Furniture, in all it’s soft comfortable goodness, can be a trigger for many people with it’s chemicals and dust occupying a couch just as much as a teenager. Most furnishings have a petroleum-based fabric such as polyester and other synthetics. It’s structure is typically framed together with a fiber board or particleboard, which is bits of wood product glued together with some formaldehyde based glue, that off gasses quite a bit. Add to this the typical flame retardants, PBDE’s, which can leach out during use, and you have the potential toxic couch that for many people can impact their health. So what do you do? I recommend old furniture, first, so that many chemicals have off gassed. That could be second hand, used, thrift store finds or antiques; call them what you want, get them where you can. They are a good start, and for the budget conscious, a smart solution.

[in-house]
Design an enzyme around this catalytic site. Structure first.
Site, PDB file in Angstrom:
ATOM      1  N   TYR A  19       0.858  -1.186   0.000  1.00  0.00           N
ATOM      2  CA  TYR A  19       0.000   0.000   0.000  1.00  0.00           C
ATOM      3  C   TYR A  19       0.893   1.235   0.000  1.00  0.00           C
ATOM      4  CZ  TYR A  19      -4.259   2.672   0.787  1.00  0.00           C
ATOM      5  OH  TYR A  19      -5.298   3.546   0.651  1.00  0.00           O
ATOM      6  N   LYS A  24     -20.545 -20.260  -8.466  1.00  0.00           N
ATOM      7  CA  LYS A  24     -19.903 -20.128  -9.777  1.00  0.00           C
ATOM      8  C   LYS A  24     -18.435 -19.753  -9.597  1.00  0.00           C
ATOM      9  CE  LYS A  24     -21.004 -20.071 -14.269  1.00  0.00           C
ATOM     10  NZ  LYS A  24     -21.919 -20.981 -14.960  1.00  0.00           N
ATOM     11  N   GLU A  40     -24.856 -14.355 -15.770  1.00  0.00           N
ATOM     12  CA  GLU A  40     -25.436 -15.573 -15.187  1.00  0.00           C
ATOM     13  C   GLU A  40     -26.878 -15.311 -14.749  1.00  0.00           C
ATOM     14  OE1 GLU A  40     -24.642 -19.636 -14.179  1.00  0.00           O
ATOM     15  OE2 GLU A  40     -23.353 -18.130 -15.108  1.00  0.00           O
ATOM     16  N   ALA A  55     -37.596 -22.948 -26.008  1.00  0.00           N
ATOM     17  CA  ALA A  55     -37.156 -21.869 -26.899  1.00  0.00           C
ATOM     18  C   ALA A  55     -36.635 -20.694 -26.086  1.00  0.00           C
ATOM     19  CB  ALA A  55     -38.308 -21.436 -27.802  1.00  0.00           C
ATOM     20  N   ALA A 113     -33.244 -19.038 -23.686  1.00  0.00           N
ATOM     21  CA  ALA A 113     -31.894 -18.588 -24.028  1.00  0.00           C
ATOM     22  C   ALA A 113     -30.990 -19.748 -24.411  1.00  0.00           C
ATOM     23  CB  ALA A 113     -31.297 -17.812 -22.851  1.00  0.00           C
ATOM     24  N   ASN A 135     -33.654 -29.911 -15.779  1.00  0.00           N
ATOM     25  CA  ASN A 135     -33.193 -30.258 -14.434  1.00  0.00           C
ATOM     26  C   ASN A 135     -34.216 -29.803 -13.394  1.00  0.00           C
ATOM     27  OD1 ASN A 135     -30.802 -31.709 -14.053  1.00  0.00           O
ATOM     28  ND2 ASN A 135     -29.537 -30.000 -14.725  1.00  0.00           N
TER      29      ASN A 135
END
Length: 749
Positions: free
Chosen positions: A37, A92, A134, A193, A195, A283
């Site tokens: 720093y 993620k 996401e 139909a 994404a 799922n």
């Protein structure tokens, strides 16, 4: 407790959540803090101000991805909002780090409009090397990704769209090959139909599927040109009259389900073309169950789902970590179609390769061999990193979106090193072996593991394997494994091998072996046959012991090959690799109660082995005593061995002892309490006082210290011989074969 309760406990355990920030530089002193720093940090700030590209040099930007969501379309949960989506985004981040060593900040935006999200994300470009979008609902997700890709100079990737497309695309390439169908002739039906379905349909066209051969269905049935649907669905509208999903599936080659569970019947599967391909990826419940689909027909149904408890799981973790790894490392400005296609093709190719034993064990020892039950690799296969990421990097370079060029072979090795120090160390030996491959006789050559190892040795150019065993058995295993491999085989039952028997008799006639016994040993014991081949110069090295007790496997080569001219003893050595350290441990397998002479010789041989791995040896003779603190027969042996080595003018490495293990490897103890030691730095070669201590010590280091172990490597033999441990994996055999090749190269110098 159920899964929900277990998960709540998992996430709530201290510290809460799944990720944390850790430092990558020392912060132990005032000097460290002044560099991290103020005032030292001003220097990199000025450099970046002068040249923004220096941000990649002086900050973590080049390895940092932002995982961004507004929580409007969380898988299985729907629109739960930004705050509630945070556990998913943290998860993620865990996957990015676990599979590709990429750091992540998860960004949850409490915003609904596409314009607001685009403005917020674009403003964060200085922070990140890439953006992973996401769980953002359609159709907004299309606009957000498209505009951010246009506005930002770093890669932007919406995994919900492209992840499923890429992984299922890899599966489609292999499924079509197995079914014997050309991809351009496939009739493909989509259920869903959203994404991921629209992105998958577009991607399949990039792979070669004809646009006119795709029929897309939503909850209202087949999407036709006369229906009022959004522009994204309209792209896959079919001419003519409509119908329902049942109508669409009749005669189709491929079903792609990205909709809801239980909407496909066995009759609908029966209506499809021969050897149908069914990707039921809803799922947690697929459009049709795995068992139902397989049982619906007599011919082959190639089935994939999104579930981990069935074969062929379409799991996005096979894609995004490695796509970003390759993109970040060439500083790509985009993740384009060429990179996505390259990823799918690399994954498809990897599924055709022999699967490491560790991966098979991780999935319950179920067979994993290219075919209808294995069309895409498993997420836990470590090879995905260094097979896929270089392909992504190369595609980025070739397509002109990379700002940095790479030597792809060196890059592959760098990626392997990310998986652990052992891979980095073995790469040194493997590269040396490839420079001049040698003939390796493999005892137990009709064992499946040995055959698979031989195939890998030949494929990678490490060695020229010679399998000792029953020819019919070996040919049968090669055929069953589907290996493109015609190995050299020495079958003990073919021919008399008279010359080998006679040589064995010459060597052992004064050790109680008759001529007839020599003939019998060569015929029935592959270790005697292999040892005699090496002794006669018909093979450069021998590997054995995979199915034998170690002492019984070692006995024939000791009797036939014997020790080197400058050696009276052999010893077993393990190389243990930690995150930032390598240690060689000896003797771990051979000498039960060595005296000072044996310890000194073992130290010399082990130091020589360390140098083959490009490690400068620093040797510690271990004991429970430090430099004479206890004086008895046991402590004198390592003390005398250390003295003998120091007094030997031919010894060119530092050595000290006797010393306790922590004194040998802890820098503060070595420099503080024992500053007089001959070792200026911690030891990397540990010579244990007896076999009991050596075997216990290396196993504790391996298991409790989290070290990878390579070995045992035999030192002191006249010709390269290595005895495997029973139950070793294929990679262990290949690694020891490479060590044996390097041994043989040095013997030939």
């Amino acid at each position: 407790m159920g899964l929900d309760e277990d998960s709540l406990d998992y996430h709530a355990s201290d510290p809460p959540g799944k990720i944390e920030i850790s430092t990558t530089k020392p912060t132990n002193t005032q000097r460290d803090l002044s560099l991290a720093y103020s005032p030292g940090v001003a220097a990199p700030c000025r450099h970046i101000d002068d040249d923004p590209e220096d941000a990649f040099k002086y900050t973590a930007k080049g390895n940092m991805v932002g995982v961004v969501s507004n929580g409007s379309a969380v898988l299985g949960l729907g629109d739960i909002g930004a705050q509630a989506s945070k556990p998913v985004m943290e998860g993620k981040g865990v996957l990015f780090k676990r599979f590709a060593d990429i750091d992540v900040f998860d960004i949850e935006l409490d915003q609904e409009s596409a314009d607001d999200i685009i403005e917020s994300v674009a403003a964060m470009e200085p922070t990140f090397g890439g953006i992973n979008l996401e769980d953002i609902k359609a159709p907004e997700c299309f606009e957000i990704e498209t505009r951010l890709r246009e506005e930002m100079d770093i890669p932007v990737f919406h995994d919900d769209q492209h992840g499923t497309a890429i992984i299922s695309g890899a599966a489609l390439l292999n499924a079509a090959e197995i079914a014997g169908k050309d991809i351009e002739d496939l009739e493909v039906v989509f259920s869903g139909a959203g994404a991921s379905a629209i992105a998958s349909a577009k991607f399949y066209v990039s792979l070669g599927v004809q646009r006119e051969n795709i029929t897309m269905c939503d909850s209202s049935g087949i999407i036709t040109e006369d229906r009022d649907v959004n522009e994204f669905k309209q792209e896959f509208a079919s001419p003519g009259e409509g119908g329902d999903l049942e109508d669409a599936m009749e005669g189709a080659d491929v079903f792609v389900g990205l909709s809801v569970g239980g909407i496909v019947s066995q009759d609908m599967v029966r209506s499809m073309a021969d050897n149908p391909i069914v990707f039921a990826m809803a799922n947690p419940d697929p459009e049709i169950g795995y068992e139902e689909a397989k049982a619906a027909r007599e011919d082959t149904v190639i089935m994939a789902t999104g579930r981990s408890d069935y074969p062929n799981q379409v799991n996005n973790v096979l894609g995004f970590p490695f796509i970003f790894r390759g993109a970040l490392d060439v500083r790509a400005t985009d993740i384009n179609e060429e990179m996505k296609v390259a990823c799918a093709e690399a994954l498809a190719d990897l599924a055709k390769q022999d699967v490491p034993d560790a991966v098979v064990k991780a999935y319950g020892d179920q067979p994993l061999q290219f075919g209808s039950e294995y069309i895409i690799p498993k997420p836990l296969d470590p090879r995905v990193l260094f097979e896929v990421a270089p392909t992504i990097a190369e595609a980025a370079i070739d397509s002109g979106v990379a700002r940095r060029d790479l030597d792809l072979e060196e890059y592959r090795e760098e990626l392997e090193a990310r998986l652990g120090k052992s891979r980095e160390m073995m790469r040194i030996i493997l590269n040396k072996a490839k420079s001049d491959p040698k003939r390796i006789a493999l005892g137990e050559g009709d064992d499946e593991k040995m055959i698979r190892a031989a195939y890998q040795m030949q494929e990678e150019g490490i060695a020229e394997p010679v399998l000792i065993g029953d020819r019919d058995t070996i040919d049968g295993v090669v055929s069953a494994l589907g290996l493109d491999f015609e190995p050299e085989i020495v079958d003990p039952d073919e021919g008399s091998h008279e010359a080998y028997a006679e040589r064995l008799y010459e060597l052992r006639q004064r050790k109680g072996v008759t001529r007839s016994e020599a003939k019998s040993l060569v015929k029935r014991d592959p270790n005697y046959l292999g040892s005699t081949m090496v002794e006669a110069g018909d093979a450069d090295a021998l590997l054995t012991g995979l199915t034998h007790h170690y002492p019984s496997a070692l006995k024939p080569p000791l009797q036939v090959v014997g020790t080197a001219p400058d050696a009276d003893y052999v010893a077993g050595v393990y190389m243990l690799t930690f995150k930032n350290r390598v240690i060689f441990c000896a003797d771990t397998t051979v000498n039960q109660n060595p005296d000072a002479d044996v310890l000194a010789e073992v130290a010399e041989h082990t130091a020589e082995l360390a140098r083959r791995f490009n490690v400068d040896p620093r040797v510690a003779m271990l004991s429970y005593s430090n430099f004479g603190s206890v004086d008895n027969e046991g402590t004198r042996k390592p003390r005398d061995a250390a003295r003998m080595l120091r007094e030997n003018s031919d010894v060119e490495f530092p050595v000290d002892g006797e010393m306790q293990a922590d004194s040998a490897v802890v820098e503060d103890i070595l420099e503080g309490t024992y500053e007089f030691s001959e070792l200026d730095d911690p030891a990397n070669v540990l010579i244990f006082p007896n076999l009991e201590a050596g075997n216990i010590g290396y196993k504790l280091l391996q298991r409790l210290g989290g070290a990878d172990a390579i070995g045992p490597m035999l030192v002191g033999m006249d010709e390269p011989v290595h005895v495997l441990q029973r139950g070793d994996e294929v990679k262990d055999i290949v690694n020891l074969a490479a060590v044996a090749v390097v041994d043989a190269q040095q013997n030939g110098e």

Of course it comes with challenges, as the last person could have been a heavy perfume wearer, smoker, or sprayed cleaning products everywhere, so it’s not a trip to be taken lightly. Since all of these are impacted by the presence of soft goods on the furniture (read fabrics and cushions) find something with little bits or no fabrics and cushions and add them later.